Do not vacuum near the corneal endothelium

During cataract surgery, you notice a small lens fragment or an air bubble float up to the corneal endothelium, where it just sits. It partially blocks your view and it seems like an irritation to you. The temptation is to use the phaco probe to vacuum away these distractions from the corneal endothelium — but you should resist this urge in most cases. Applying vacuum close to the corneal endothelium with the phaco probe will remove the protective dispersive viscoelastic and may increase cell loss.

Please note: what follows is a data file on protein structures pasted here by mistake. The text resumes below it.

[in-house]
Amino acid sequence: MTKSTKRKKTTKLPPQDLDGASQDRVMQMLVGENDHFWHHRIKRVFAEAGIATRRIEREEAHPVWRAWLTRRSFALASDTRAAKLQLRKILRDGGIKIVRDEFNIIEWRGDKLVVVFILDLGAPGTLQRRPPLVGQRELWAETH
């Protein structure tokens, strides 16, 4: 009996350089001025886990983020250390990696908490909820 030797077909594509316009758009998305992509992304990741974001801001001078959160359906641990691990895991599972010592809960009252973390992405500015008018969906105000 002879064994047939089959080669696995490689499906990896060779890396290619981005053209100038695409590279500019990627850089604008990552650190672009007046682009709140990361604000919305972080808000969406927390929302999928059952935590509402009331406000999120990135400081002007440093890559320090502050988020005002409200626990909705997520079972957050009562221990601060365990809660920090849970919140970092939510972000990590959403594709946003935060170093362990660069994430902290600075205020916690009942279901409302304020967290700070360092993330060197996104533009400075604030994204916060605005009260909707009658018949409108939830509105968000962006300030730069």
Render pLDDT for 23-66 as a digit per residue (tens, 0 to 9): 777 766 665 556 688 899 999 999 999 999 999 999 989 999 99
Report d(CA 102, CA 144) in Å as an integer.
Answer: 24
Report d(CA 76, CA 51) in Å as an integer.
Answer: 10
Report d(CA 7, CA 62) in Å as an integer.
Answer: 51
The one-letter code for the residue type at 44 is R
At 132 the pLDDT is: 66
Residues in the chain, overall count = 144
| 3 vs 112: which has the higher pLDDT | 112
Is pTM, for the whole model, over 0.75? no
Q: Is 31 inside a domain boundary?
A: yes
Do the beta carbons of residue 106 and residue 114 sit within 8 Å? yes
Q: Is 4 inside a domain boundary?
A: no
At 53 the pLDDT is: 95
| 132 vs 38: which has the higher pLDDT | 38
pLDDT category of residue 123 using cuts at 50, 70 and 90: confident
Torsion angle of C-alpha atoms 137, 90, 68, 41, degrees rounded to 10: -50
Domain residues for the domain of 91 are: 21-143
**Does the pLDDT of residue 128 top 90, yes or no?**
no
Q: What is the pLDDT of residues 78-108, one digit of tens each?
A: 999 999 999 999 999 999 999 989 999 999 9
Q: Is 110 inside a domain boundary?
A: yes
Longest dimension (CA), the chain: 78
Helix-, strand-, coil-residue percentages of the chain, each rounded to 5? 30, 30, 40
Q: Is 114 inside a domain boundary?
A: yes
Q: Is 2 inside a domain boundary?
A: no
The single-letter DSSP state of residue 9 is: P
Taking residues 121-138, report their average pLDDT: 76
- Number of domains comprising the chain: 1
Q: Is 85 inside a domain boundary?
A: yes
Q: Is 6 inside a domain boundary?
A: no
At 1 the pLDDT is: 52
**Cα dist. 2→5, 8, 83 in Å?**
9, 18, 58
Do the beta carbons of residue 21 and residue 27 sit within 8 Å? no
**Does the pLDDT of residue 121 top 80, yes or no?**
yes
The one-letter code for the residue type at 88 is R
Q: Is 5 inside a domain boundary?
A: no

If the lens material or air bubble is relatively small, the best option is usually to ignore it. If the material is larger, then using more viscoelastic can displace it. For air bubbles, using a 27ga cannula on a syringe to aspirate the gas is more precise and gentler.

Click below to learn the safest approach to dealing with this situation:

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